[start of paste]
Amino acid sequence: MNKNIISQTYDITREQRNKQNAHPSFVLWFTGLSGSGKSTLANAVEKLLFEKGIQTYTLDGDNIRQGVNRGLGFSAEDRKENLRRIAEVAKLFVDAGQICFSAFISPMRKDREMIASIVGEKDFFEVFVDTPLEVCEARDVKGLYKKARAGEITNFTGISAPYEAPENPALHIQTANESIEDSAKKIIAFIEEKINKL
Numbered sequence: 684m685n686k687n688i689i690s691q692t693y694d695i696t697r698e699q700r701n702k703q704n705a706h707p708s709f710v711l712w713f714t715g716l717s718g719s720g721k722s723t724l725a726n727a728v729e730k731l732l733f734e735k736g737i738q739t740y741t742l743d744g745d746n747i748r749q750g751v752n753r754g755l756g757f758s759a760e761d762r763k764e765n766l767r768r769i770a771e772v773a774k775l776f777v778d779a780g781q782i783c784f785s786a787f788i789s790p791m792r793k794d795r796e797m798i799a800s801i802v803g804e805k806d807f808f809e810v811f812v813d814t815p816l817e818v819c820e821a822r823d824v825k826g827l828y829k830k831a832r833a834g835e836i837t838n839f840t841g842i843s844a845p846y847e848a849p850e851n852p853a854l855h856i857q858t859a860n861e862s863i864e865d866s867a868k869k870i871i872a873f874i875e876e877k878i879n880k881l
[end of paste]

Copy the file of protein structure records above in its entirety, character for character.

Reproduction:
Amino acid sequence: MNKNIISQTYDITREQRNKQNAHPSFVLWFTGLSGSGKSTLANAVEKLLFEKGIQTYTLDGDNIRQGVNRGLGFSAEDRKENLRRIAEVAKLFVDAGQICFSAFISPMRKDREMIASIVGEKDFFEVFVDTPLEVCEARDVKGLYKKARAGEITNFTGISAPYEAPENPALHIQTANESIEDSAKKIIAFIEEKINKL
Numbered sequence: 684m685n686k687n688i689i690s691q692t693y694d695i696t697r698e699q700r701n702k703q704n705a706h707p708s709f710v711l712w713f714t715g716l717s718g719s720g721k722s723t724l725a726n727a728v729e730k731l732l733f734e735k736g737i738q739t740y741t742l743d744g745d746n747i748r749q750g751v752n753r754g755l756g757f758s759a760e761d762r763k764e765n766l767r768r769i770a771e772v773a774k775l776f777v778d779a780g781q782i783c784f785s786a787f788i789s790p791m792r793k794d795r796e797m798i799a800s801i802v803g804e805k806d807f808f809e810v811f812v813d814t815p816l817e818v819c820e821a822r823d824v825k826g827l828y829k830k831a832r833a834g835e836i837t838n839f840t841g842i843s844a845p846y847e848a849p850e851n852p853a854l855h856i857q858t859a860n861e862s863i864e865d866s867a868k869k870i871i872a873f874i875e876e877k878i879n880k881l